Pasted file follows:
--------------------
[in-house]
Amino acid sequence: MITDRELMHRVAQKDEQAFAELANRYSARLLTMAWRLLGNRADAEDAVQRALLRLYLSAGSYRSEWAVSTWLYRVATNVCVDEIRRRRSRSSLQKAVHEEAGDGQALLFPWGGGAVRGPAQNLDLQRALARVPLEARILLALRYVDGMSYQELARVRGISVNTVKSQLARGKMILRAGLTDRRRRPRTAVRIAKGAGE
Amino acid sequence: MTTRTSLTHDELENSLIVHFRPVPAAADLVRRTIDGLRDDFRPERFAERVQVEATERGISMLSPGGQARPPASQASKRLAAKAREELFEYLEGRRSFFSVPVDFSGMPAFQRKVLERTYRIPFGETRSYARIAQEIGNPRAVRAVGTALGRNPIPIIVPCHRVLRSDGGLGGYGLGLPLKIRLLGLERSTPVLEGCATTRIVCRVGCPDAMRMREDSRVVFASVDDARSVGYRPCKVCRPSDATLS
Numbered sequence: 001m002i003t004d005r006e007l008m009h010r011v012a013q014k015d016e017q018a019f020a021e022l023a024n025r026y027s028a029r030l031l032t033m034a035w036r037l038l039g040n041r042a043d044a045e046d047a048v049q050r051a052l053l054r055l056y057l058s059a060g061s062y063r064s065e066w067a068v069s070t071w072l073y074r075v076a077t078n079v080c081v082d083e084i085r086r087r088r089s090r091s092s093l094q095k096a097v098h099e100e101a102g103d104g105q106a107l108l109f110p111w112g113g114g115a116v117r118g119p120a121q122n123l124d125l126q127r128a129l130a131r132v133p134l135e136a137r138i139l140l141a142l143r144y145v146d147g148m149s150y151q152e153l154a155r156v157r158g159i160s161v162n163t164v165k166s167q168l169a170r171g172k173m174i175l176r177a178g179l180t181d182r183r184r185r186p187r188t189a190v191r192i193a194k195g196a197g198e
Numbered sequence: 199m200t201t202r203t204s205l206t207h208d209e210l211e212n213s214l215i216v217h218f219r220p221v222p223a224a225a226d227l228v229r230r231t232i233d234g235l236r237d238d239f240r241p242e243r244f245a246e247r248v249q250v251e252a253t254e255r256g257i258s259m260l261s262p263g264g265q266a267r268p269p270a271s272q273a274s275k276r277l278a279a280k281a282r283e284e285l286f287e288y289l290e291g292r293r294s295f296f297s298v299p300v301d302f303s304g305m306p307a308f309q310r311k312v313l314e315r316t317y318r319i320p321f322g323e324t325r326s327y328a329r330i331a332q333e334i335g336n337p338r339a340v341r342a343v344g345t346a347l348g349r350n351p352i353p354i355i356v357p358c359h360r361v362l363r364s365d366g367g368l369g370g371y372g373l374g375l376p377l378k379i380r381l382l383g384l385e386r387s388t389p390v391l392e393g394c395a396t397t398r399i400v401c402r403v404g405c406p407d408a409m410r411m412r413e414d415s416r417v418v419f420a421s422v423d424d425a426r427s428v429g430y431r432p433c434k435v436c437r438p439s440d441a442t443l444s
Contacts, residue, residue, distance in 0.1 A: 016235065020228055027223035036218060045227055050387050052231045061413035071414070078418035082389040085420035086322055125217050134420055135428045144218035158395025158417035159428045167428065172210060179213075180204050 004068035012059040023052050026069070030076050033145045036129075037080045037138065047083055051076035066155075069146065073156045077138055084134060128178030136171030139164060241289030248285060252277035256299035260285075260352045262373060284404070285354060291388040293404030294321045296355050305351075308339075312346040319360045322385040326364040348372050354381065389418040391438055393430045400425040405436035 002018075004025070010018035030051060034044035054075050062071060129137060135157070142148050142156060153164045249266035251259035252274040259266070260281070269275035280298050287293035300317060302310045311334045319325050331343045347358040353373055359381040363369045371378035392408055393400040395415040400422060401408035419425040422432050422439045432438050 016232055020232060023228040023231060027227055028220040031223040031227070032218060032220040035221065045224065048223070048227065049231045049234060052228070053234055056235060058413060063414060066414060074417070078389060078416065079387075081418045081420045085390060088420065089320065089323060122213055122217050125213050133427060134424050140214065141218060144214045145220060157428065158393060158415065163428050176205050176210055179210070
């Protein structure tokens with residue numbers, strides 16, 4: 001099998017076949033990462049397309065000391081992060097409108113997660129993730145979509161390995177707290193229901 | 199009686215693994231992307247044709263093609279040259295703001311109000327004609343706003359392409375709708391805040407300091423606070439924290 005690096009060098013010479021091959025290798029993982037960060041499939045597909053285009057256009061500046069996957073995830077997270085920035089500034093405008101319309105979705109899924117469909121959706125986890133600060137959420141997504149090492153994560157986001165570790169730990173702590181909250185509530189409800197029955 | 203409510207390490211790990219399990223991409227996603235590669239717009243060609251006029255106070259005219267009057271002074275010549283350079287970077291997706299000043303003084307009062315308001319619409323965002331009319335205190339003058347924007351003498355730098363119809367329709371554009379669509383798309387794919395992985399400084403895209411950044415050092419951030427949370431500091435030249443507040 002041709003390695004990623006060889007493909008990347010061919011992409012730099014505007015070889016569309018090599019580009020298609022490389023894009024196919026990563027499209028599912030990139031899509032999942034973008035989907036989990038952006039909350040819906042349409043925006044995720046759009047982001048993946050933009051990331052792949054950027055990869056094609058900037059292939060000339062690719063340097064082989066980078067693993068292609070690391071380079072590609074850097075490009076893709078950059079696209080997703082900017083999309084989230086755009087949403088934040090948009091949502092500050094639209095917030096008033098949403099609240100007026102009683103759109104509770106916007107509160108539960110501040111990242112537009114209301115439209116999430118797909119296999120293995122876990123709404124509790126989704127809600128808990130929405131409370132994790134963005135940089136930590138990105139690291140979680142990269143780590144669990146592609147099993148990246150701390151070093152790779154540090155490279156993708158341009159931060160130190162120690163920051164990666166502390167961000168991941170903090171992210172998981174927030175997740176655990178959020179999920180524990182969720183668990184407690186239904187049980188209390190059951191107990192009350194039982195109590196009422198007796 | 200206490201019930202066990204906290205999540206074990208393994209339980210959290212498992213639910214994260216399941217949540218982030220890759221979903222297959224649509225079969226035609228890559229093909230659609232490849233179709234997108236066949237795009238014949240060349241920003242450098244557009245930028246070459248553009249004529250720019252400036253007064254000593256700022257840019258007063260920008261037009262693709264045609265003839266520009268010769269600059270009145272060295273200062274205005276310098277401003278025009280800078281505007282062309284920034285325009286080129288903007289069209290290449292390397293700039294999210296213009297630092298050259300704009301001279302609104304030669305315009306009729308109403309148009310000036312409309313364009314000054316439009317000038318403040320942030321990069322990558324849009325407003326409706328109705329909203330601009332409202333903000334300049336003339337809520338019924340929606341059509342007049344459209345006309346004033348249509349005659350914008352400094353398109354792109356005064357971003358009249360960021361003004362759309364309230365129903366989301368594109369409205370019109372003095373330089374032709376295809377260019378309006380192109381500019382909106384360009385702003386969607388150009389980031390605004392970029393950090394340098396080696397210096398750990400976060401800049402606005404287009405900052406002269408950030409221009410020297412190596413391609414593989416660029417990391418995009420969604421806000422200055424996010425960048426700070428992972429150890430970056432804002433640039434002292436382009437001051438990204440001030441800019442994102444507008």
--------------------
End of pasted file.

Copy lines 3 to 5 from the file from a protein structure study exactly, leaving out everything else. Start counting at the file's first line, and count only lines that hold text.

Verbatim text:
Amino acid sequence: MTTRTSLTHDELENSLIVHFRPVPAAADLVRRTIDGLRDDFRPERFAERVQVEATERGISMLSPGGQARPPASQASKRLAAKAREELFEYLEGRRSFFSVPVDFSGMPAFQRKVLERTYRIPFGETRSYARIAQEIGNPRAVRAVGTALGRNPIPIIVPCHRVLRSDGGLGGYGLGLPLKIRLLGLERSTPVLEGCATTRIVCRVGCPDAMRMREDSRVVFASVDDARSVGYRPCKVCRPSDATLS
Numbered sequence: 001m002i003t004d005r006e007l008m009h010r011v012a013q014k015d016e017q018a019f020a021e022l023a024n025r026y027s028a029r030l031l032t033m034a035w036r037l038l039g040n041r042a043d044a045e046d047a048v049q050r051a052l053l054r055l056y057l058s059a060g061s062y063r064s065e066w067a068v069s070t071w072l073y074r075v076a077t078n079v080c081v082d083e084i085r086r087r088r089s090r091s092s093l094q095k096a097v098h099e100e101a102g103d104g105q106a107l108l109f110p111w112g113g114g115a116v117r118g119p120a121q122n123l124d125l126q127r128a129l130a131r132v133p134l135e136a137r138i139l140l141a142l143r144y145v146d147g148m149s150y151q152e153l154a155r156v157r158g159i160s161v162n163t164v165k166s167q168l169a170r171g172k173m174i175l176r177a178g179l180t181d182r183r184r185r186p187r188t189a190v191r192i193a194k195g196a197g198e
Numbered sequence: 199m200t201t202r203t204s205l206t207h208d209e210l211e212n213s214l215i216v217h218f219r220p221v222p223a224a225a226d227l228v229r230r231t232i233d234g235l236r237d238d239f240r241p242e243r244f245a246e247r248v249q250v251e252a253t254e255r256g257i258s259m260l261s262p263g264g265q266a267r268p269p270a271s272q273a274s275k276r277l278a279a280k281a282r283e284e285l286f287e288y289l290e291g292r293r294s295f296f297s298v299p300v301d302f303s304g305m306p307a308f309q310r311k312v313l314e315r316t317y318r319i320p321f322g323e324t325r326s327y328a329r330i331a332q333e334i335g336n337p338r339a340v341r342a343v344g345t346a347l348g349r350n351p352i353p354i355i356v357p358c359h360r361v362l363r364s365d366g367g368l369g370g371y372g373l374g375l376p377l378k379i380r381l382l383g384l385e386r387s388t389p390v391l392e393g394c395a396t397t398r399i400v401c402r403v404g405c406p407d408a409m410r411m412r413e414d415s416r417v418v419f420a421s422v423d424d425a426r427s428v429g430y431r432p433c434k435v436c437r438p439s440d441a442t443l444s